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WHAT IS THE ROMAN DODECAHEDRON? THE MYSTERY IS STILL UNSOLVED

When it comes to determining the function of the Roman artifacts they discover, archaeologists are seldom baffled. Everyone is perplexed by the Roman dodecahedron, though. At excavation sites, especially in central Europe, more than 100 of these hollow, knobby, metallic polyhedrons with 12 sides have been found. There is currently no conclusive explanation for their purpose or function.

This Roman dodecahedron derives from the 2nd or 3rd century in Stuttgart, Germany.

The mysterious geometric shapes are made of copper alloy. The 12 pentagonal faces each have a hole with a diameter ranging from 4 to 11 cm. Oddly, in a single dodecahedron, the hole sizes are not all the same. Additionally, they differ from one dodecahedron to another. The five globular knobs at the vertices of the pentagonal faces are present on every Roman dodecahedron. In addition to their holes, the dodecahedra’s various sizes and patterns are puzzling.

Roman Dodecahedra discoveries

Some of the dodecahedra that were discovered on the antiquities market have no archaeological background. In supervised, scientific excavations, others surfaced.

In Arles, France, archaeologists discovered the southernmost Roman dodecahedron. The spot on Hadrian’s Wall in Northern Britain provided the most northwesterly illustration. Bordeaux is where another another item originates. They have also been seen as far east as Zagreb and Vienna.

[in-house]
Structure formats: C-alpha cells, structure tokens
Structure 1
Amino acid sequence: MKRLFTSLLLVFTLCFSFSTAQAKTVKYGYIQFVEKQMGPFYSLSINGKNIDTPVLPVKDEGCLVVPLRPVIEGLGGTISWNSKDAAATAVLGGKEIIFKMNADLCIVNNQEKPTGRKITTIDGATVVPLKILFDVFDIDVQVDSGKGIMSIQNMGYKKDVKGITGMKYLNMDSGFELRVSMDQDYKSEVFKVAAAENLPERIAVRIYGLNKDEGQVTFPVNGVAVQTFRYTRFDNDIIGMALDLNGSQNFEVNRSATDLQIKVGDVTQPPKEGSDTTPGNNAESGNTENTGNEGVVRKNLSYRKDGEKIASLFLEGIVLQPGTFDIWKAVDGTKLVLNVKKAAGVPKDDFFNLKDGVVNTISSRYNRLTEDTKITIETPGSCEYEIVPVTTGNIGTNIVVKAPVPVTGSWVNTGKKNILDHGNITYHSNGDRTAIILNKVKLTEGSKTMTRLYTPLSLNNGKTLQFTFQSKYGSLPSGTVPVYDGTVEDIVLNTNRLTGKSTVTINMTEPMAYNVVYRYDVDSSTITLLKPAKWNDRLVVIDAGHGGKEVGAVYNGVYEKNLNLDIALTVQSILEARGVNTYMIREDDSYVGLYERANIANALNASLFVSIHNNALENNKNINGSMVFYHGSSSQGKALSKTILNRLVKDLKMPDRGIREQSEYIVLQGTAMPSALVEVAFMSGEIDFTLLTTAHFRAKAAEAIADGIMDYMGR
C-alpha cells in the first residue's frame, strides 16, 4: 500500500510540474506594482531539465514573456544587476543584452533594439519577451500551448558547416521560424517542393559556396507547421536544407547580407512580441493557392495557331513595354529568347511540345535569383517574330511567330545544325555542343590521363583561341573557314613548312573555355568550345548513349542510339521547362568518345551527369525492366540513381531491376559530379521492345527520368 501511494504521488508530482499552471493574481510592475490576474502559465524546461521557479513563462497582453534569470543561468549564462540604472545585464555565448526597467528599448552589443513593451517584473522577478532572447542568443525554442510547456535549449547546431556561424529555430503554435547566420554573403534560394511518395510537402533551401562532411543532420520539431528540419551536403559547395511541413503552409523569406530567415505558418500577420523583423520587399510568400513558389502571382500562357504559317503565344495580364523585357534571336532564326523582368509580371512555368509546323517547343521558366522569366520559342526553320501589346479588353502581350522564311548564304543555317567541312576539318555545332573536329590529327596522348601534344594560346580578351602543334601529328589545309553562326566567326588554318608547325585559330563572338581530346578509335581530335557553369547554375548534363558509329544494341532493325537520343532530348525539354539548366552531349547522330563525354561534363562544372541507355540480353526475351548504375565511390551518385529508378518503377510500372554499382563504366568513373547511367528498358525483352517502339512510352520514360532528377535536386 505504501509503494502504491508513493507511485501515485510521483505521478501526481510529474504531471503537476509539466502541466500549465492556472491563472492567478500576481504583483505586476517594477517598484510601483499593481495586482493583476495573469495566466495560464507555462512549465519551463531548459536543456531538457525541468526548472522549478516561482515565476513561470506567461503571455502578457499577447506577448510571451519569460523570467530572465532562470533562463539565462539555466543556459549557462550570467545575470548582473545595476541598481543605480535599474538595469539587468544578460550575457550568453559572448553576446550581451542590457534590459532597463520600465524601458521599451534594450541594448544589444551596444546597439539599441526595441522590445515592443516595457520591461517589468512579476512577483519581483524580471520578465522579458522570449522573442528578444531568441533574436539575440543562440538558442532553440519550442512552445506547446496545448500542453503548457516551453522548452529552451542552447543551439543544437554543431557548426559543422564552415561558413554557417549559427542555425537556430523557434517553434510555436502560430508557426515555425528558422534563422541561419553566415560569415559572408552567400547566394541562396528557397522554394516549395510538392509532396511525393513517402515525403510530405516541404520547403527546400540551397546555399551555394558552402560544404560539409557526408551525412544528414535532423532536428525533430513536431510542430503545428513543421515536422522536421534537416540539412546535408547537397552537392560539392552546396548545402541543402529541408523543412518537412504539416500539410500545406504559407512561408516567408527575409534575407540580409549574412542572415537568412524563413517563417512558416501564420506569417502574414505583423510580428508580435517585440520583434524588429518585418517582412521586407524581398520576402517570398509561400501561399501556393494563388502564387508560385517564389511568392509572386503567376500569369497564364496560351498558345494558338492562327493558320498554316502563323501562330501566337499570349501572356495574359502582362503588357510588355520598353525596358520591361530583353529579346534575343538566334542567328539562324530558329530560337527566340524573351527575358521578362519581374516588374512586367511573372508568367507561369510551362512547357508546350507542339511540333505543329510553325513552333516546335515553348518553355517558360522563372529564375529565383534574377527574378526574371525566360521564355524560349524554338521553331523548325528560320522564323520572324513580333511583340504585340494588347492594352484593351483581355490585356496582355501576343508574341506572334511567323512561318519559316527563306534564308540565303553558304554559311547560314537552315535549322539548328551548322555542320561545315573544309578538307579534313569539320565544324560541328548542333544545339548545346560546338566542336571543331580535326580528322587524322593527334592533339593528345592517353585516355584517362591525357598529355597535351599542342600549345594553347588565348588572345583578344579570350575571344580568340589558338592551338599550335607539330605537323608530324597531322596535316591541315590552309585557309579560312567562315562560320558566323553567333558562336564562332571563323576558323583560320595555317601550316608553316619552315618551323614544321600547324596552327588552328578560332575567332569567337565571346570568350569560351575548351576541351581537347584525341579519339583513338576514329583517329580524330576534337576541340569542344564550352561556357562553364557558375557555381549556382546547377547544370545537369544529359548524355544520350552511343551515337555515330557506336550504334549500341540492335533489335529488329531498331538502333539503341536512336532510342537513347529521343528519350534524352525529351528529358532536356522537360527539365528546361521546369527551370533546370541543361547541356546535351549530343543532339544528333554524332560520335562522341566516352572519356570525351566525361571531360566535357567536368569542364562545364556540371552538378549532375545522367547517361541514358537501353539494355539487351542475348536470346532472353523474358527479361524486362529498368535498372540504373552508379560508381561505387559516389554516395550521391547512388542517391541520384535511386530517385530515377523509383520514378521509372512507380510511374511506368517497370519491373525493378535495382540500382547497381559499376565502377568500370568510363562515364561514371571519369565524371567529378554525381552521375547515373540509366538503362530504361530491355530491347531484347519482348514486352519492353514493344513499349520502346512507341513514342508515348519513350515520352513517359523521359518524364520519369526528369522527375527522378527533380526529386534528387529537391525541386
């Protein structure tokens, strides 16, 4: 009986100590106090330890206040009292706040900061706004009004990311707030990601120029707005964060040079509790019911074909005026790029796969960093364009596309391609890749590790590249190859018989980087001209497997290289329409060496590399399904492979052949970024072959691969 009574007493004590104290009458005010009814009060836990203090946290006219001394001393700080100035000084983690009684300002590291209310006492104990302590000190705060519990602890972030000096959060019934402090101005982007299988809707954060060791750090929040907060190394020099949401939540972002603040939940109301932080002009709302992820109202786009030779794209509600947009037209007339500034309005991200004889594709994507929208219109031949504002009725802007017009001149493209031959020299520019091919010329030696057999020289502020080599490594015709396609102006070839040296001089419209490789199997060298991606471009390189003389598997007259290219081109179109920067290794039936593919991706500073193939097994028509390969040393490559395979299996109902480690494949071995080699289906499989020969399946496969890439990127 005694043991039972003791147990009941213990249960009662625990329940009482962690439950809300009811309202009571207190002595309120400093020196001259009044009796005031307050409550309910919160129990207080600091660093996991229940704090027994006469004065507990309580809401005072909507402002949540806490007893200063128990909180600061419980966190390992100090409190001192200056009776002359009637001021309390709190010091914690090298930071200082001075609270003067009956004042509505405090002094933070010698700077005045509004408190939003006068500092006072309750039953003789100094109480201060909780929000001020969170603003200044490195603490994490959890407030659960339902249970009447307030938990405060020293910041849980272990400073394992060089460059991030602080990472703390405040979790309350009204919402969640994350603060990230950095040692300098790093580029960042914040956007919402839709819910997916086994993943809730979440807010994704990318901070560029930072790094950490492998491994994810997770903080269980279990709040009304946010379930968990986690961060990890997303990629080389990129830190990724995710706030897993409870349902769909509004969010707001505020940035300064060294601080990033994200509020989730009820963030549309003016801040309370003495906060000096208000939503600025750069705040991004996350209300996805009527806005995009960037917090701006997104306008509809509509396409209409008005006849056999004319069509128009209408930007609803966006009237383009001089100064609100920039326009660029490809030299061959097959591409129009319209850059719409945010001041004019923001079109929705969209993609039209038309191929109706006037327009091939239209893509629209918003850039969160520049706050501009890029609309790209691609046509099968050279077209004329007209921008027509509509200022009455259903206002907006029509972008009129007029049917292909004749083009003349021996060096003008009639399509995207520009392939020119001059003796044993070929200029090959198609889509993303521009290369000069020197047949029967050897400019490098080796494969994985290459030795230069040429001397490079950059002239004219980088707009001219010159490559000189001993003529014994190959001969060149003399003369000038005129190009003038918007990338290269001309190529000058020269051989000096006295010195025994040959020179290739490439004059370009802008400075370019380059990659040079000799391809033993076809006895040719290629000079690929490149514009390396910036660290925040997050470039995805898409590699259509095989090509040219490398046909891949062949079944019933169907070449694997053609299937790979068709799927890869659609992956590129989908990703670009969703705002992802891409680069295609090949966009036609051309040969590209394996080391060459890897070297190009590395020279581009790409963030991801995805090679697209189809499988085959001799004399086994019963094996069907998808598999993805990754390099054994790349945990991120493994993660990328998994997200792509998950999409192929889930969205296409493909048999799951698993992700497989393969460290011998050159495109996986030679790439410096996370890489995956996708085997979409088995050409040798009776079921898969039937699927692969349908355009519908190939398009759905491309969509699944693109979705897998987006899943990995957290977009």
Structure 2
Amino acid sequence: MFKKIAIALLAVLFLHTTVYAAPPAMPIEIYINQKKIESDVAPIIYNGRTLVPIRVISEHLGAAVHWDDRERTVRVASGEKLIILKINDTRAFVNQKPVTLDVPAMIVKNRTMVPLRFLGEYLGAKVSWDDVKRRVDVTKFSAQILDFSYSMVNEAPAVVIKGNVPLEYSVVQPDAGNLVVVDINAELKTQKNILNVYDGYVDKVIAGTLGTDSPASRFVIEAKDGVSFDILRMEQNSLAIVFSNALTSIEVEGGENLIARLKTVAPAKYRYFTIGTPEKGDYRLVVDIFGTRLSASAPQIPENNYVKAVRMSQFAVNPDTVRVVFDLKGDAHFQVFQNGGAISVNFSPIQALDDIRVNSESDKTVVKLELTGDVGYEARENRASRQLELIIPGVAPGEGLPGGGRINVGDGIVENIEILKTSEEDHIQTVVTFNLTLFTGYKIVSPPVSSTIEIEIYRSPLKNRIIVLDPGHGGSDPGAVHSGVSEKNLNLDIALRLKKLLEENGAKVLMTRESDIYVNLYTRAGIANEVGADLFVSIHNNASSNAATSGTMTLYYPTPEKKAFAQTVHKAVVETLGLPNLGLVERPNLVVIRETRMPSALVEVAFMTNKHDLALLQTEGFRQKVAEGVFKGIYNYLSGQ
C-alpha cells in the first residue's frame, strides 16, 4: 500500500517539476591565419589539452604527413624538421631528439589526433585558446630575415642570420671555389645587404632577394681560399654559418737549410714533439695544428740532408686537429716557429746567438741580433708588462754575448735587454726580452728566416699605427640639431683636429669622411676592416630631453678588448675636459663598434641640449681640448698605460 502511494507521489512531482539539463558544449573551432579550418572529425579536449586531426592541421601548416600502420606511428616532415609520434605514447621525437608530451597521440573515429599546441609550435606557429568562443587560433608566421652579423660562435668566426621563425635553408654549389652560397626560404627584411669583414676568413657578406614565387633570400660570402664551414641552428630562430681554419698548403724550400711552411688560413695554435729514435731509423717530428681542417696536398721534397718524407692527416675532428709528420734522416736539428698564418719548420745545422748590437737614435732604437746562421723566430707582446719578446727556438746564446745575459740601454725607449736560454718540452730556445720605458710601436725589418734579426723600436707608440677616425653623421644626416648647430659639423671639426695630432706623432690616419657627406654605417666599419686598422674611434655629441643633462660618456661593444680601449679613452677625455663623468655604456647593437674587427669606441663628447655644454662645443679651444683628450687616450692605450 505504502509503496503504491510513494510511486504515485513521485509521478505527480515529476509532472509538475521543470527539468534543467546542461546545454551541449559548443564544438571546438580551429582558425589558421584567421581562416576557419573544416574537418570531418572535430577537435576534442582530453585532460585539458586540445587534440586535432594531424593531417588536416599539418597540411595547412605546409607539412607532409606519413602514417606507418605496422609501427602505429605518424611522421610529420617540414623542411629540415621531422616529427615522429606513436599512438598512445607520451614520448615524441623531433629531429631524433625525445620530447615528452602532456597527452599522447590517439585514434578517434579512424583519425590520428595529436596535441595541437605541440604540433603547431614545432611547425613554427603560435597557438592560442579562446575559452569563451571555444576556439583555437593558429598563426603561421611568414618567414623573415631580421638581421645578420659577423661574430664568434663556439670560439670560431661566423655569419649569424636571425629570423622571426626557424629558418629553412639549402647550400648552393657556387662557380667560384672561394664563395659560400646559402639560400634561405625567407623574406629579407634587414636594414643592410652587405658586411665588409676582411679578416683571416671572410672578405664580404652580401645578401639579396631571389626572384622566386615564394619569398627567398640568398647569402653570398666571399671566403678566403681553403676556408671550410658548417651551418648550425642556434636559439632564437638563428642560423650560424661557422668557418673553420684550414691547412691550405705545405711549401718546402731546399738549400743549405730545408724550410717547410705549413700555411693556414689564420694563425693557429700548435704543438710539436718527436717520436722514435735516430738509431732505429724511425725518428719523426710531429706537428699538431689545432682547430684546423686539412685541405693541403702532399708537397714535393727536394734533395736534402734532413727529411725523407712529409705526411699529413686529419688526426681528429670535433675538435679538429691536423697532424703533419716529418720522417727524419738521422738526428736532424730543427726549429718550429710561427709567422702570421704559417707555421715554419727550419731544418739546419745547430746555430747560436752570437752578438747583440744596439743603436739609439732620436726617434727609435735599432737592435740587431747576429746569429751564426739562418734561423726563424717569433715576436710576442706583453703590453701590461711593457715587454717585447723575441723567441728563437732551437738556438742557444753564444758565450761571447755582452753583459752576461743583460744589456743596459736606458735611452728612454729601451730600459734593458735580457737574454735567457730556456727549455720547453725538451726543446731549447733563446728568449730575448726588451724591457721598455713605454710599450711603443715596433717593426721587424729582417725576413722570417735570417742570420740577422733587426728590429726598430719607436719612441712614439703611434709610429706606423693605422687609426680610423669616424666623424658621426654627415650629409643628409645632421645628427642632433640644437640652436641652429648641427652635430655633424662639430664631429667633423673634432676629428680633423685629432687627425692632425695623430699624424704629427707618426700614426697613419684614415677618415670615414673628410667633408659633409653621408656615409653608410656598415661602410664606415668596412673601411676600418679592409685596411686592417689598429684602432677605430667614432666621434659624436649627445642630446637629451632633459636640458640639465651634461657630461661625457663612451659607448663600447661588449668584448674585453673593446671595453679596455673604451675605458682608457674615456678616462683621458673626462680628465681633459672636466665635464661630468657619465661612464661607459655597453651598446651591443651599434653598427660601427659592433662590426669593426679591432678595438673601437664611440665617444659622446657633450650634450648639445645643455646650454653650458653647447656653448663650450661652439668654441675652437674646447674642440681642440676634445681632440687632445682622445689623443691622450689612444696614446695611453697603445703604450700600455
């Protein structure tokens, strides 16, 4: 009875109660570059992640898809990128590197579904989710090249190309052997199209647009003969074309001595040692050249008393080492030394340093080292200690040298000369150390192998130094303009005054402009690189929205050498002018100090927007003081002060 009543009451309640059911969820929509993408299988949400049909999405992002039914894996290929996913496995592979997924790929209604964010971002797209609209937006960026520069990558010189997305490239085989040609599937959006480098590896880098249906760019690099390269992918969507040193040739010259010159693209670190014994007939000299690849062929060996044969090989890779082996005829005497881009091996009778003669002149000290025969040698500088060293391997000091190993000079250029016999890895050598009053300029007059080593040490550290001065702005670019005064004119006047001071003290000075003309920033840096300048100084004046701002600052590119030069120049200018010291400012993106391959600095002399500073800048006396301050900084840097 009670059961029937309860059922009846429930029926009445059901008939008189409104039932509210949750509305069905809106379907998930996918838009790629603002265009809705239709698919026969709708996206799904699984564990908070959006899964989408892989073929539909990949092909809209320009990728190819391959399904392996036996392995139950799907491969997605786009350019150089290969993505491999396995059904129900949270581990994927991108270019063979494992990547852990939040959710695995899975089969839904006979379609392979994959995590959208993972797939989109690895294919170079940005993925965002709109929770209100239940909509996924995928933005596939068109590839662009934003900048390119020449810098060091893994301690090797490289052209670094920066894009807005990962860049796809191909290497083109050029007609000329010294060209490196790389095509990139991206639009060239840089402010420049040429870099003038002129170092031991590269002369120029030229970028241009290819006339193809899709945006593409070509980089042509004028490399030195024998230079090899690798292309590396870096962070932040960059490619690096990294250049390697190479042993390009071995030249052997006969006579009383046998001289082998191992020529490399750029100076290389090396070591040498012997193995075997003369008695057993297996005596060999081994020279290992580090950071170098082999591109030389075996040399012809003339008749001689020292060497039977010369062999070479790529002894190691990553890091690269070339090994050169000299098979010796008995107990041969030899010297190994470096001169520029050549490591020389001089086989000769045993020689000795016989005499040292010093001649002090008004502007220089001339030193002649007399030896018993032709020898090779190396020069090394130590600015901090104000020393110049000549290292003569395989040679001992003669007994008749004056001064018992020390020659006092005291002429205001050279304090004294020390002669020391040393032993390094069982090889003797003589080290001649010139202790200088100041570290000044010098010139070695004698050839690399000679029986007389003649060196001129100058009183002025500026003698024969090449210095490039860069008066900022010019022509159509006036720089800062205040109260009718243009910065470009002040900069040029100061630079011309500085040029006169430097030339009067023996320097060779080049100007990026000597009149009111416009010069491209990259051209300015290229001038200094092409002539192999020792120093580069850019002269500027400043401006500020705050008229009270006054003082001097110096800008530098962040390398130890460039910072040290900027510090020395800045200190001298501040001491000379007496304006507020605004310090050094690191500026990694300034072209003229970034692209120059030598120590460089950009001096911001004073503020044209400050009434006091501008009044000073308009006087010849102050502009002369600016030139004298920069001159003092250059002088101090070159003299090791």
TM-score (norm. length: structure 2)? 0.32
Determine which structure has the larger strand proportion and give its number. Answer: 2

The archaeological background of the cast dodecahedra shows a clear lack of uniformity. Samples have been found in Roman military camps, public baths, and temples. A Roman theater, a mausoleum, and a well filled with a lot of trash all had dodecahedra in them. A few also appeared in currency hoards, indicating that they were valuable items.

There are no hints to be found even from an examination of the layers of earth around excavation sites from the second to the fourth century CE. Because of these variances in the finds, those seeking to explain their function have been perplexed. They are even more mysterious because Roman writings make no mention of them at all.

Two dodecahedra and one icosahedron 3rd century CE.

What Purpose Did a Dodecahedron Serve?

Over two hundred archaeologists, historians, mathematicians, and enthusiasts have proposed hypotheses on the function of these strange artifacts since the first record of a dodecahedron in 1739 and up to the present day.

Cosmological or Astrolog

Dodecahedra were most commonly created in Gallo-Roman regions, where an old Celtic civilisation before Roman culture. As a result, mysticism is included in many ideas. According to others, the dodecahedra served a religious purpose, with the twelve holes signifying celestial events. Others claim they served a talismanic purpose. They could have dangled from a belt, though, as they are too big to hang around the neck. Alternately, they would have been a perfect match for a leather handbag.

The idea that they had some role in astronomical computations is one that is more likely to be true. They could have leaned against a stick or sat on a flat surface.